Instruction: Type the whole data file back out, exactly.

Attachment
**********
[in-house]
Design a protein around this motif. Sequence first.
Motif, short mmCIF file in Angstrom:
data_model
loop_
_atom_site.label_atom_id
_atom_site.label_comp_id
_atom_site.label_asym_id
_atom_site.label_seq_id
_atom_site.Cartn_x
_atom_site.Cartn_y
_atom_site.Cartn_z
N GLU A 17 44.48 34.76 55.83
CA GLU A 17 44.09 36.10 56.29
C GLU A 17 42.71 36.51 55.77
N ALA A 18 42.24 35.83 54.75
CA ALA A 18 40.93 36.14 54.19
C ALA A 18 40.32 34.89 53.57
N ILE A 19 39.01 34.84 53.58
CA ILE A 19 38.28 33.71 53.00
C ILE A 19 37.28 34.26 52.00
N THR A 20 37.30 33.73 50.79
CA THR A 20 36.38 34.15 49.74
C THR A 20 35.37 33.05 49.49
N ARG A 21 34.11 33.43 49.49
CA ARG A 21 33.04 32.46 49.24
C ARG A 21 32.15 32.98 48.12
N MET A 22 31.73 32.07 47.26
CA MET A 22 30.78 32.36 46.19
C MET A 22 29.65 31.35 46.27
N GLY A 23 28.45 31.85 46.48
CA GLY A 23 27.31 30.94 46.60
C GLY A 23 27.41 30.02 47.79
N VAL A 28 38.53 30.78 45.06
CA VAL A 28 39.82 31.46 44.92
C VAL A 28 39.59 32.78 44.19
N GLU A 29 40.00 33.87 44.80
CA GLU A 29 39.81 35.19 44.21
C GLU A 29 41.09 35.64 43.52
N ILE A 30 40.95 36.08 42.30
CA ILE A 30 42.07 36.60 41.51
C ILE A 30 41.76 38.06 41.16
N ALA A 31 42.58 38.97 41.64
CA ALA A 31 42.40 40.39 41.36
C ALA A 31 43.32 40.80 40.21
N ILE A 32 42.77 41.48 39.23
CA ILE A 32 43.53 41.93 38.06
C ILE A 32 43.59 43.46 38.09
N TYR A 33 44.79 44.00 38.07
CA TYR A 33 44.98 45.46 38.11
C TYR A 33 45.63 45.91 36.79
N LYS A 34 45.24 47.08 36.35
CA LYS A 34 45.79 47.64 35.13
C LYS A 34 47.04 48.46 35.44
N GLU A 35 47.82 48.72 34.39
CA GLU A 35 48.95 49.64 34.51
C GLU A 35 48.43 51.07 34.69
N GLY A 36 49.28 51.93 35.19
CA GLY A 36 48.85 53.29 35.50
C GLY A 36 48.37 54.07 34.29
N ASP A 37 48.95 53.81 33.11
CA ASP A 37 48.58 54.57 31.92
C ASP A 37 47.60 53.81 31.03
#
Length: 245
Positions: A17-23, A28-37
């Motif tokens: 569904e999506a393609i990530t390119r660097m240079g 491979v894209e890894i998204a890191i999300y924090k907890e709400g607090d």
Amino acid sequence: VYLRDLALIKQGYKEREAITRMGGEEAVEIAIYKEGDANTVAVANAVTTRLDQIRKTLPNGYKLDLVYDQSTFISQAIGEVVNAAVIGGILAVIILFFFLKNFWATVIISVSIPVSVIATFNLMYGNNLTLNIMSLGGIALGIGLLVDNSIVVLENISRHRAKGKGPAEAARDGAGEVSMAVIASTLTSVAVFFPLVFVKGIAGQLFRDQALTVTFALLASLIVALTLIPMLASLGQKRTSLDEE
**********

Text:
[in-house]
Design a protein around this motif. Sequence first.
Motif, short mmCIF file in Angstrom:
data_model
loop_
_atom_site.label_atom_id
_atom_site.label_comp_id
_atom_site.label_asym_id
_atom_site.label_seq_id
_atom_site.Cartn_x
_atom_site.Cartn_y
_atom_site.Cartn_z
N GLU A 17 44.48 34.76 55.83
CA GLU A 17 44.09 36.10 56.29
C GLU A 17 42.71 36.51 55.77
N ALA A 18 42.24 35.83 54.75
CA ALA A 18 40.93 36.14 54.19
C ALA A 18 40.32 34.89 53.57
N ILE A 19 39.01 34.84 53.58
CA ILE A 19 38.28 33.71 53.00
C ILE A 19 37.28 34.26 52.00
N THR A 20 37.30 33.73 50.79
CA THR A 20 36.38 34.15 49.74
C THR A 20 35.37 33.05 49.49
N ARG A 21 34.11 33.43 49.49
CA ARG A 21 33.04 32.46 49.24
C ARG A 21 32.15 32.98 48.12
N MET A 22 31.73 32.07 47.26
CA MET A 22 30.78 32.36 46.19
C MET A 22 29.65 31.35 46.27
N GLY A 23 28.45 31.85 46.48
CA GLY A 23 27.31 30.94 46.60
C GLY A 23 27.41 30.02 47.79
N VAL A 28 38.53 30.78 45.06
CA VAL A 28 39.82 31.46 44.92
C VAL A 28 39.59 32.78 44.19
N GLU A 29 40.00 33.87 44.80
CA GLU A 29 39.81 35.19 44.21
C GLU A 29 41.09 35.64 43.52
N ILE A 30 40.95 36.08 42.30
CA ILE A 30 42.07 36.60 41.51
C ILE A 30 41.76 38.06 41.16
N ALA A 31 42.58 38.97 41.64
CA ALA A 31 42.40 40.39 41.36
C ALA A 31 43.32 40.80 40.21
N ILE A 32 42.77 41.48 39.23
CA ILE A 32 43.53 41.93 38.06
C ILE A 32 43.59 43.46 38.09
N TYR A 33 44.79 44.00 38.07
CA TYR A 33 44.98 45.46 38.11
C TYR A 33 45.63 45.91 36.79
N LYS A 34 45.24 47.08 36.35
CA LYS A 34 45.79 47.64 35.13
C LYS A 34 47.04 48.46 35.44
N GLU A 35 47.82 48.72 34.39
CA GLU A 35 48.95 49.64 34.51
C GLU A 35 48.43 51.07 34.69
N GLY A 36 49.28 51.93 35.19
CA GLY A 36 48.85 53.29 35.50
C GLY A 36 48.37 54.07 34.29
N ASP A 37 48.95 53.81 33.11
CA ASP A 37 48.58 54.57 31.92
C ASP A 37 47.60 53.81 31.03
#
Length: 245
Positions: A17-23, A28-37
């Motif tokens: 569904e999506a393609i990530t390119r660097m240079g 491979v894209e890894i998204a890191i999300y924090k907890e709400g607090d």
Amino acid sequence: VYLRDLALIKQGYKEREAITRMGGEEAVEIAIYKEGDANTVAVANAVTTRLDQIRKTLPNGYKLDLVYDQSTFISQAIGEVVNAAVIGGILAVIILFFFLKNFWATVIISVSIPVSVIATFNLMYGNNLTLNIMSLGGIALGIGLLVDNSIVVLENISRHRAKGKGPAEAARDGAGEVSMAVIASTLTSVAVFFPLVFVKGIAGQLFRDQALTVTFALLASLIVALTLIPMLASLGQKRTSLDEE